Why waste time on the ground when it's easier to go through the air?
That's now the motto in college football. The days of the wishbone and veer and grind-it-out football are dying. Dawns again the age of the bomb. The backdrop quarterbacks with the quick releases have replaced the quick-footed rollout option artists at many schools.
Quarterbacks like Gifford Nielsen and Marc Wilson of Brigham Young, Mark Herrmann of Purdue, Guy Benjamin of Stanford, Douglas Williams of Grambling, Leamon Hall of Army and Jack Thompson of Washington State, among others, are rewriting the NCAA record books the easiest way they know: by throwing the ball over the pages.
NCAA Division I teams are scoring at a 40.4-point-a-game clip this season, compared to 39.2 average at this point in the season a year ago.
The reason for the increase is the forward pass. Passing yardage is up an average of 22.2 yards a game. This season, each game is producing an average total of 266.8 yards through the air compared with 244.6 last year.
That may not seem like much, but it is the biggest increase since 1958.
Passing attempts, completions and every other passing statistics also are up.
The two key starts are average yards per pass and completion percentage. This season's passers are gaining 6.64 yards a completion (it was 6.52 yards last year) and are completing 48.3 per cent of their passe (47.4 per cent a year ago).
Footbal goes in cycles, and it is now at the tail end of the ground-attack cycle dominated by the wishbone.
Only six Division 1 teams are wishbone teams now, but they are the top three teams in the national rankings - Texas, Alabama and Oklahoma.
For most schools, though, the wishbone just doesn't pay. The defenses have caught up to it and a team has to have highly skilled players in a number of positions to execute it properly.
To have a good passing game, all you really need are a thrower, one or two catchers, a set of average blockers and a commitment to go ahead and risk the interceptions. More teams are taking that chance.
Last week's games set two season highs. Division 1 teams passed for an average of 298.2 yards a game and, on average, the games produced 44 points.
When it comes to throwing the ball, two youngsters, Wilson of BYU and Herrmann of Purdue, could end up as two of the all-time best statistically.
Herrmann, a freshman, already has passed for 2,215 yards and is almost certain to break the Big 10 season passing record. The Boilelrmakers host Michigan today, and Wolverine coach Bo Schembechler is concerned.
"Whenever you have a player like Herrmann, you make the other coach nervous," he said.
"BYU had the nation's leading passer in Nielsen. He had 16 touchdown passes in four games before he tore up his knee a month ago. In stepped Wilson, and Nielsen, a candidate for he Heisman Trophy before his injury, is hardly missed.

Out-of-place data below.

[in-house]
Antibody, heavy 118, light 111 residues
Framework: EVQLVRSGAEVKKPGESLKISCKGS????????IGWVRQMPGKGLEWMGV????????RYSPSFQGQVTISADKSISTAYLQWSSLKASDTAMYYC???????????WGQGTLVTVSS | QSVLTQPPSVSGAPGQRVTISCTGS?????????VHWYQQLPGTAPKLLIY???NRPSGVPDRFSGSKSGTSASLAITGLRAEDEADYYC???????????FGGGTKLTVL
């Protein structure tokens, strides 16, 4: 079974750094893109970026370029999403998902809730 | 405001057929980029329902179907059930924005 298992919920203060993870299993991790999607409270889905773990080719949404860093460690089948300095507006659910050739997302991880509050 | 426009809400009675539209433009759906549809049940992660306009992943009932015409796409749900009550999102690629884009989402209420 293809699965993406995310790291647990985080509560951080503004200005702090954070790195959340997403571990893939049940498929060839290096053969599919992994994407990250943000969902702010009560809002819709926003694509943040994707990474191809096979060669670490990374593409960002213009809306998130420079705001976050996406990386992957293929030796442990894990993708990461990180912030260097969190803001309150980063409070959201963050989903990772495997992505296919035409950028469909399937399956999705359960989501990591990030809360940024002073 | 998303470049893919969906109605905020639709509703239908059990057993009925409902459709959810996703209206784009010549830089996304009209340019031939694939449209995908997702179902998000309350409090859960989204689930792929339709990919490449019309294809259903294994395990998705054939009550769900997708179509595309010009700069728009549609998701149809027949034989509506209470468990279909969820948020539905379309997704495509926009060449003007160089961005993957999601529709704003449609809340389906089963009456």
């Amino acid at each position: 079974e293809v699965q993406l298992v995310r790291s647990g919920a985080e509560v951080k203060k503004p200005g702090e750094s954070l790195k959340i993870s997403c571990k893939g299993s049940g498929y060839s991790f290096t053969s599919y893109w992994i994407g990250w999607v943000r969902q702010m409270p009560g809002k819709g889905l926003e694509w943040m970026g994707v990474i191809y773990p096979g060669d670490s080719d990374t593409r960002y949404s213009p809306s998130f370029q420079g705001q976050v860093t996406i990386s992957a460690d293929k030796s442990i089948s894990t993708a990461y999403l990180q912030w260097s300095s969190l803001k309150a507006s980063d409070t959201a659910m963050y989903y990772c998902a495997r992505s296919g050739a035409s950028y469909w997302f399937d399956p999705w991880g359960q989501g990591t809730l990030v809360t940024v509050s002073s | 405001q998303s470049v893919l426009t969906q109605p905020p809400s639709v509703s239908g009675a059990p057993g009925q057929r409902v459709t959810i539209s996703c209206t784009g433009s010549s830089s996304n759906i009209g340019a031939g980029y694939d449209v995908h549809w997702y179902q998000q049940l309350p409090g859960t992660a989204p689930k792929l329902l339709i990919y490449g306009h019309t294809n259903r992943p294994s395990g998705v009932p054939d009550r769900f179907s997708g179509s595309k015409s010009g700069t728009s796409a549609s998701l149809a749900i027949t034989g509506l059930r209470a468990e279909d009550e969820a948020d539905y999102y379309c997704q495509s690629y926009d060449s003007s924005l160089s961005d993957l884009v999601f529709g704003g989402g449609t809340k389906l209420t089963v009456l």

Wilson was Nielsen's mop-up man, but now the 6-foot-5 youngster has passed for 1,515 yards and 17 touchdowns in four starts.
Wilson Wilson set an NCAA record last week by passing for 571 yards in a 38-8 victory over Utah. He completed 26 of 41 and threw five touchdown passes.
The Congress are leading the nation in passing, averaging 347.6 yards a game, and are second in scoring, averaging 40.2 points.
Their big game will be tonight in Tempe, Ariz., where they challenge Arizona State for the Western Athletic Conference title.
Both teams are 7-1, BYU is 5-0 in the conference and Arizona State 4-0.
The Sun Devils are no offensive slouches. While the Cougars are second in the nation in total offense with 472.6 yards a game, Arizona State is fourth with 468,4 and third in the nation in scoring with 38.5 points a game.
"We've played pass-oriented teams before, but this ridiculous," said Arizona State coach Frank Kush. "BYU sends the student body out on pass patterns."
Lucily for No. 1-ranked Texas, just about anybody can play quarterback for the Longhorns. After having its first three signal callers injured, fourth-string freshman Sam Ansley will get the call against Texas Christian.
"So what? Is that supposed to make a difference?" was the response of TCU coach F.A. Dry.
The big game in the Southwest Conference is between Arkansas (7-1) and Texas A & M (6-1). A & M, like Texas, is unbeaten in the conference.
The Rose Bowl picture should become a little clearer after Southern California and Washington tangle in Seattle. Both are tied with UCLA for the Pacific-Eight lead.
In other games, visiting Notre Dame will find out if Clemson 7-1-1) is for real, Colorado will challenge Oklahoma and Indiana will be Ohio State.